Friday, November 11, 2016

Martinmas & St. Martin of Tours

In the United States, today is celebrated as Veterans Day; elsewhere, today is Armistice Day or Remembrance Day.  These civil observances this day are derived from the Armistice signed on 11 November 1918AD that ended the First World War.  Hence, it is a fitting time to offer prayers and express gratitude to those Veterans that have offered their service to their country in the Armed Forces.

File:El Greco - San Martín y el mendigo.jpg
St. Martin and the Beggar by El Greco.

11 November is also the rather ancient feast of St. Martin of Tours -- himself a veteran before he would become a bishop -- who died in 397AD.  Thus, today is Martinmas!

St. Martin of Tours was long one of the most beloved saints in the history of the Church, and his life is a remarkable example of virtue in one of the first to be celebrated on the Church calendar as a saint without having been martyred: a "confessor."

File:La charité de saint Martin.jpg
The Charity of St. Martin, by Jean Fouquet.

St. Martin was born a pagan in the area of modern Hungary.  He would end up in the Roman army, and, while in Gaul, received baptism at the age of 18.  The famous episode of St. Martin dividing his cloak for the beggar took place prior to his baptism!  Departing the army, St. Martin would become a monk, receive guidance from the great Doctor of the Church, St. Hilary of Poitiers, and, in the end, become Bishop of Tours.  St. Martin, as bishop, was a bulwark against the external attacks on the Church by paganism and those internal from Arianism.  More than anything else, St. Martin was known for his "boundless charity to the poor."

St. Martin, then, would quickly become a widely beloved saint.  His feast, falling as it does toward the end of the harvest time, and before the season of Advent, was an occasion of great celebration and festivity in the Christian world.  Martinmas lanterns and bonfires are certainly worthy of note!  In Europe of old, and perhaps still in a few places, the "Indian Summer" of Americans was known as "St. Martin's Summer."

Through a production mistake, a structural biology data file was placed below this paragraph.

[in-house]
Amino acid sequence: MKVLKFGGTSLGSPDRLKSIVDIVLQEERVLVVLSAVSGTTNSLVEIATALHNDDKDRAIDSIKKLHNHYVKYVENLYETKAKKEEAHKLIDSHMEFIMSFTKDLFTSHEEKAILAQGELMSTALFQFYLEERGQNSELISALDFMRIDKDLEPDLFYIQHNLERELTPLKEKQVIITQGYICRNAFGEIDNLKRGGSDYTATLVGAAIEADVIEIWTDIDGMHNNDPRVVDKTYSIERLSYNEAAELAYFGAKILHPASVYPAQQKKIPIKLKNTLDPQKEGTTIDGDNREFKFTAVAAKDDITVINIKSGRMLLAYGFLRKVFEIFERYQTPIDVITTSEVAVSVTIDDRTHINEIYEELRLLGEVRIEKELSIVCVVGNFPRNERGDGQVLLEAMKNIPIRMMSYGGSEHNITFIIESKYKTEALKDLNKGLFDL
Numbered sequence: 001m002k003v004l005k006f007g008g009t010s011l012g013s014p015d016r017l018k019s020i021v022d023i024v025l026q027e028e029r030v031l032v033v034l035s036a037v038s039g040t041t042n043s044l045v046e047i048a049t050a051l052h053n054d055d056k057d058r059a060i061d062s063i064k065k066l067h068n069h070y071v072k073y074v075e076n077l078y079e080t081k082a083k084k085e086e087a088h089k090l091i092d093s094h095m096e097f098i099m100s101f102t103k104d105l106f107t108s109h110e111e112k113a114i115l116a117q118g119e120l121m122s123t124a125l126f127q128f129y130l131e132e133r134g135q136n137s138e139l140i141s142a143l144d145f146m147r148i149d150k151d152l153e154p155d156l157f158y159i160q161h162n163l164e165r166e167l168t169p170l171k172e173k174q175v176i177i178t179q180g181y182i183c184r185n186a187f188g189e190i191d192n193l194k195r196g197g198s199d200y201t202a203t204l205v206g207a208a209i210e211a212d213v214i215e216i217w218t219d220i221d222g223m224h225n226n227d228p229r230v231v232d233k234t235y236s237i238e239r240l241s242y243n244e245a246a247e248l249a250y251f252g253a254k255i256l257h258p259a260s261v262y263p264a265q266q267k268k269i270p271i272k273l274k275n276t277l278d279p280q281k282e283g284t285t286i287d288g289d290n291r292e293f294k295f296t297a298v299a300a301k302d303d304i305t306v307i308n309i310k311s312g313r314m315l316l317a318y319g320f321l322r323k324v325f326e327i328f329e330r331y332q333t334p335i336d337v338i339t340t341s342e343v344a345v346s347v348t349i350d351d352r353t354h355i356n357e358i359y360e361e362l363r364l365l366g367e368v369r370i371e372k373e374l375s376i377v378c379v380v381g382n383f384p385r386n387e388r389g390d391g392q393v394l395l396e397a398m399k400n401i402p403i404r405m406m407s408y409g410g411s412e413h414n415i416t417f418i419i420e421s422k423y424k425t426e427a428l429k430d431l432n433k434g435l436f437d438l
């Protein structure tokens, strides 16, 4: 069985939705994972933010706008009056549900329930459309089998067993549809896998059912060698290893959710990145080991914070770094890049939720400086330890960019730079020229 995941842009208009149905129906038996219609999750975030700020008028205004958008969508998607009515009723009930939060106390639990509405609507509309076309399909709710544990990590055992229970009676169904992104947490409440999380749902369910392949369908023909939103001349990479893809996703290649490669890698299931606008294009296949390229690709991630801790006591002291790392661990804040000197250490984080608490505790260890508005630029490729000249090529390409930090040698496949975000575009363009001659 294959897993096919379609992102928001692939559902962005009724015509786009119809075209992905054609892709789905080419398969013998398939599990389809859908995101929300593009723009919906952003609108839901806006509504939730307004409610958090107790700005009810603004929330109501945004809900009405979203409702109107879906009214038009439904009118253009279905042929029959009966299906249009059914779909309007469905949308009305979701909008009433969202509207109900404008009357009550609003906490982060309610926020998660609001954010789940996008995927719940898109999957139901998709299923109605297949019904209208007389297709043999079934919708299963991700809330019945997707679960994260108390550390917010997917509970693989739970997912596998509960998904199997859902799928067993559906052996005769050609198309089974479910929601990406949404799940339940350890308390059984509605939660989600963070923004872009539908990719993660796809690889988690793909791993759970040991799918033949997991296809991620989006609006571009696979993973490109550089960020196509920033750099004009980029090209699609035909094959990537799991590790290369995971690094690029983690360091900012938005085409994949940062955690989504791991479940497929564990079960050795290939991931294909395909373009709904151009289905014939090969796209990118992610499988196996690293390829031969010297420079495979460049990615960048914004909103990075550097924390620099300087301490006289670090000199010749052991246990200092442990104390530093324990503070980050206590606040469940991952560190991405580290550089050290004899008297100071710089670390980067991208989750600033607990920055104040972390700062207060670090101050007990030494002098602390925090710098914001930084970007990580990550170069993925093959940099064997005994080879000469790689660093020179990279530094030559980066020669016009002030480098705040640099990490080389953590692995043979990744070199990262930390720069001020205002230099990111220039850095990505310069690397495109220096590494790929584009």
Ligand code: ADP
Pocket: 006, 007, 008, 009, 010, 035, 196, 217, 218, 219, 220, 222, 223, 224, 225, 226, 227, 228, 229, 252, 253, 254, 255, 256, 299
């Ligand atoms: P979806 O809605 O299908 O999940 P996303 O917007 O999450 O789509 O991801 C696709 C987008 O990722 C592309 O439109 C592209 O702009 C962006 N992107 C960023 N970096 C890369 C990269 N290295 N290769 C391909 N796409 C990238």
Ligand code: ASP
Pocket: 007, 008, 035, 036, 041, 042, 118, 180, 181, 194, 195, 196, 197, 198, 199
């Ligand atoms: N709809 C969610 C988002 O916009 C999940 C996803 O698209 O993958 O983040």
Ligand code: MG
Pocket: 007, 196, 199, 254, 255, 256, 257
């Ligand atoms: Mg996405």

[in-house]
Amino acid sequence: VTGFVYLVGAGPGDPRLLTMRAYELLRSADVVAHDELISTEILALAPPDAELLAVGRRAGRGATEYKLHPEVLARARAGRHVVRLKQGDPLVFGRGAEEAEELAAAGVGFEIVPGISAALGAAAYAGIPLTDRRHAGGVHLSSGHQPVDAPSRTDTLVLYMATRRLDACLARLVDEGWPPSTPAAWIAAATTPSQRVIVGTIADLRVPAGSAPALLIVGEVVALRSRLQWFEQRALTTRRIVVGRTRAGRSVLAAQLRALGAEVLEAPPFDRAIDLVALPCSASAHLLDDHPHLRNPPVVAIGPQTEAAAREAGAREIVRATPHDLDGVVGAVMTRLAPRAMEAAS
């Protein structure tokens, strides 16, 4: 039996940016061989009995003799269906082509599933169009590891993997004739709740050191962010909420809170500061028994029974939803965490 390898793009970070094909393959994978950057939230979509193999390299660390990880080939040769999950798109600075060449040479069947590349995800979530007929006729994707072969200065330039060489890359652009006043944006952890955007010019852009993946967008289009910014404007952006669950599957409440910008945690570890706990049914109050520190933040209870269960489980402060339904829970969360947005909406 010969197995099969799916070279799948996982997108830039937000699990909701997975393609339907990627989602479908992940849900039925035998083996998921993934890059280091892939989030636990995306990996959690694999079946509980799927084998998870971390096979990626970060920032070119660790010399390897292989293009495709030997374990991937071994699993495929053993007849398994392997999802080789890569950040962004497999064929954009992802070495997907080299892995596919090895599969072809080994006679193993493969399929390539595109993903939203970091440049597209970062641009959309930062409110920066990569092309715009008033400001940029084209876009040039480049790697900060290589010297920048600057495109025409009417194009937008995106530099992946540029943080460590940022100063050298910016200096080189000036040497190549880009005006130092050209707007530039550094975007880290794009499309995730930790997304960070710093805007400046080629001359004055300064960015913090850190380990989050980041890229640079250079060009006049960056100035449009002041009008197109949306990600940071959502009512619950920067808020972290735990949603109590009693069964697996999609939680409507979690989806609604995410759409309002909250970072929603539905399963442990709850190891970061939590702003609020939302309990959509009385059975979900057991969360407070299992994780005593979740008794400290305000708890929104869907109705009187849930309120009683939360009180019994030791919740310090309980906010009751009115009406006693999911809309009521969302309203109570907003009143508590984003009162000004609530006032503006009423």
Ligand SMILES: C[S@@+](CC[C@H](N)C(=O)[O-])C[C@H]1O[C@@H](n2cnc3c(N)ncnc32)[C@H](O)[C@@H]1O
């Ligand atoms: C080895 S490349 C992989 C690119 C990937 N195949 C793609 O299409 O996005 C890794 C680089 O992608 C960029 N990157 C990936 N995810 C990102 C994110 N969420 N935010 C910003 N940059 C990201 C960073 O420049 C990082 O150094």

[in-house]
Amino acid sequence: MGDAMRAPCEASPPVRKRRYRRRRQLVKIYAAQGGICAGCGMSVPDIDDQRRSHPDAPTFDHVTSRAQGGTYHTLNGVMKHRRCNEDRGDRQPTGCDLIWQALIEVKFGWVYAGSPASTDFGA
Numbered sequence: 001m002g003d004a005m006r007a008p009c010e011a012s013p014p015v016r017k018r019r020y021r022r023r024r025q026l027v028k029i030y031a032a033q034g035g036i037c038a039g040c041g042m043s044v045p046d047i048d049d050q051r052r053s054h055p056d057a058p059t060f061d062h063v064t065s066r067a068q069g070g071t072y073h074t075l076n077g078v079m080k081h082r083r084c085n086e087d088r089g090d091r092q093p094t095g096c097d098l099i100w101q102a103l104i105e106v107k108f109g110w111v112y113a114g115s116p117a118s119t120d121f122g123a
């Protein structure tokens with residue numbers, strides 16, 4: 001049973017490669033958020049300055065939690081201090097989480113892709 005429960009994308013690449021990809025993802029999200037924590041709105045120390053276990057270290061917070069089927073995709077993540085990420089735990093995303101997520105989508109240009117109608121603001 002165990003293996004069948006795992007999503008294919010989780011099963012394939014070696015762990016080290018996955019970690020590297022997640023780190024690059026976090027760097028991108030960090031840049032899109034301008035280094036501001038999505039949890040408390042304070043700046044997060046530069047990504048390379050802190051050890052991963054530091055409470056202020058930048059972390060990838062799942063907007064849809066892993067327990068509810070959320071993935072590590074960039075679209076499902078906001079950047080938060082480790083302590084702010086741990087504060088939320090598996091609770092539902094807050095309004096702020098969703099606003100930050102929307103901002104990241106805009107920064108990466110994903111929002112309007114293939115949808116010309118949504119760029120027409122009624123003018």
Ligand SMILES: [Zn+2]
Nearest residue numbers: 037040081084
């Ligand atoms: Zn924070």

File:Saintmartinoftours.jpg
Statue of St. Martin in St. Martinsville, Louisiana.

Innumerable places and individuals would bear the name of St. Martin -- from St. Martinville, Louisiana, burial place of Longfellow's Evangeline, to the Protestant notable, Martin Luther.  It is said that over 400 towns and 4,000 churches have been named for St. Martin in France alone.

For more on his life you should note:
Old Catholic Encyclopedia: St. Martin of Tours

Patron Saints Index: St. Martin of Tours

Butler's Lives of the Saints: St. Martin of Tours

This next site is a good resource for a few customs of the day, and a wonderful weather prediction of our Medieval forebears: "If the geese at Martin’s Day stand on ice, they will walk in mud at Christmas."

Fisheaters: St. Martin of Tours (Martinmas)



File:Tours, Saint Martin.JPG
The Basilica of St. Martin in Tours.
["Tours, Saint Martin" by Parsifall - Own work. Licensed under CC BY-SA 3.0 via Commons]

St. Martin is buried in a grand Basilica bearing his name in Tours, France -- location of the great battle in 732AD when Charles Martel turned back the Islamic invader.  You can view the official website of the Church where he is buried here: Basilica of St. Martin

File:Tombeau de Saint-Martin de Tours.jpg
The Tomb of St. Martin in Tours, France.
["Tombeau de Saint-Martin de Tours" by Tipoune - Own work. Licensed under Public Domain via Commons]

Perhaps today is the day to revive a few Martinmas customs, and give a toast to our Veterans while we are at it?

Live well!

No comments:

Post a Comment